The tiny house movement, which has gained a lot of traction among those wishing to live more simply, self-sufficiently, or simply economically.
It is essentially exactly what it sounds like. More and more people are opting to live in small, or rather, tiny houses, often off-grid or on a homestead as well.
The idea is simple. Less stuff means less energy cost, a more minimalist lifestyle, and a simpler life. Sometimes, owners are motivated by the incredibly cheap building costs, often constructing them by hand, other times, it’s the cheap energy costs of powering, heating, and cooling a significantly smaller space.
They are a popular option for first-time homesteaders, who want to put their money into developing their land for animal husbandry and agriculture, and need a simple, affordable, sustainable dwelling.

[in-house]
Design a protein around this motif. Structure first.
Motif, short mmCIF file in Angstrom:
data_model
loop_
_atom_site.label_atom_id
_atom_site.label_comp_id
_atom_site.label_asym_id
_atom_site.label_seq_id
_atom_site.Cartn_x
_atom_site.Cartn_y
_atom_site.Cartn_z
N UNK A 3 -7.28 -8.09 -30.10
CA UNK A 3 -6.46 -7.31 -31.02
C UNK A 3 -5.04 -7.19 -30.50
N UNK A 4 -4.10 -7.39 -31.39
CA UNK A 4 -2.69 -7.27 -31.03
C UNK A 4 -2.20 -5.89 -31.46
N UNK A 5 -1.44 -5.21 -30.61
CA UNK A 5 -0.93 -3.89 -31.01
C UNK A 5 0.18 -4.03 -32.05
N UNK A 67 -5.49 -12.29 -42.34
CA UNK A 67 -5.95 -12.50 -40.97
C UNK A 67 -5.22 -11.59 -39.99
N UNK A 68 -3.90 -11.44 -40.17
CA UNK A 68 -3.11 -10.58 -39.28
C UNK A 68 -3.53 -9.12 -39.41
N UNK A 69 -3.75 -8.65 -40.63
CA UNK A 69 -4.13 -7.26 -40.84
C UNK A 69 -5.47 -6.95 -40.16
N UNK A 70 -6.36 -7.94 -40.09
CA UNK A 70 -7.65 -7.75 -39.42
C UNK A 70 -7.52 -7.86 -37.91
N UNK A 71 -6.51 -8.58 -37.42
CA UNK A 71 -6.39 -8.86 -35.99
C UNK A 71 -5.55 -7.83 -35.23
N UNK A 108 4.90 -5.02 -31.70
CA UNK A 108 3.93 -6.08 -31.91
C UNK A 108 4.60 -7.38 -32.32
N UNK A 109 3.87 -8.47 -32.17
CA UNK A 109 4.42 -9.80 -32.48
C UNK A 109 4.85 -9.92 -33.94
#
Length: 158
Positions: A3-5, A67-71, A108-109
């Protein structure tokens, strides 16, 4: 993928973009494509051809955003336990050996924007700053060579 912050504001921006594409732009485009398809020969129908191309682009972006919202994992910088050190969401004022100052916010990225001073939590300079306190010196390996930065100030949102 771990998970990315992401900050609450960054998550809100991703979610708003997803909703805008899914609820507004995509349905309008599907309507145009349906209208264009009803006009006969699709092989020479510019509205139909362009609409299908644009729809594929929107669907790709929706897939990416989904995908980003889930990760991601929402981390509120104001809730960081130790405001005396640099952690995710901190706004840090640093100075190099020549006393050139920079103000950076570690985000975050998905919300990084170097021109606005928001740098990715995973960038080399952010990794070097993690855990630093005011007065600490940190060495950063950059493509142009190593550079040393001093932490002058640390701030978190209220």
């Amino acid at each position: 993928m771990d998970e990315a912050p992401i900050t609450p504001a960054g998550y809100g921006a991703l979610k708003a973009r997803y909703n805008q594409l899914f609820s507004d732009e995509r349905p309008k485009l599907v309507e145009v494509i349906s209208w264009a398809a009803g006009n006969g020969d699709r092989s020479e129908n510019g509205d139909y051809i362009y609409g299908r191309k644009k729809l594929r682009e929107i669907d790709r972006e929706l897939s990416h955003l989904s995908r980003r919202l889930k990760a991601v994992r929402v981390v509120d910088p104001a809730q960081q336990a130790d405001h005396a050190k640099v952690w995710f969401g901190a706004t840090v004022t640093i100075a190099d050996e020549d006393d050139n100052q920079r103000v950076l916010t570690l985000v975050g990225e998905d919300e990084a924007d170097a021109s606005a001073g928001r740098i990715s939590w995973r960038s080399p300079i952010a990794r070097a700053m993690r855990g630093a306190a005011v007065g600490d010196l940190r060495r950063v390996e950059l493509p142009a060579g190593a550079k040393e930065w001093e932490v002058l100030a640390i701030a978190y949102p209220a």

The tiny houses can often be powered with solar power, or heated with a small woodstove. They have compact, efficient kitchens, and clever ways to hide away beds, storage, closet space, bookshelves, etc.
If you are considering a tiny house for your family, there are a few considerations you’ll want to take into account. The biggest, of course, being space. For a single person, couple, or family with only one child, a tiny house will often be a great option. But for larger families, while you can still absolutely minimize floor space and build a simple, self-sufficient dwelling, more people will simply mean more floor space, and more storage, required. This doesn’t mean big families can’t participate in the tiny house movement in their own way though!
The spirit of the tiny house movement is applicable to many types of living situations. Wherever you are, you can still live more minimally, find ways to reduce your energy costs, and try to reduce your belongings down to only what you need. It’s simpler than it sounds!
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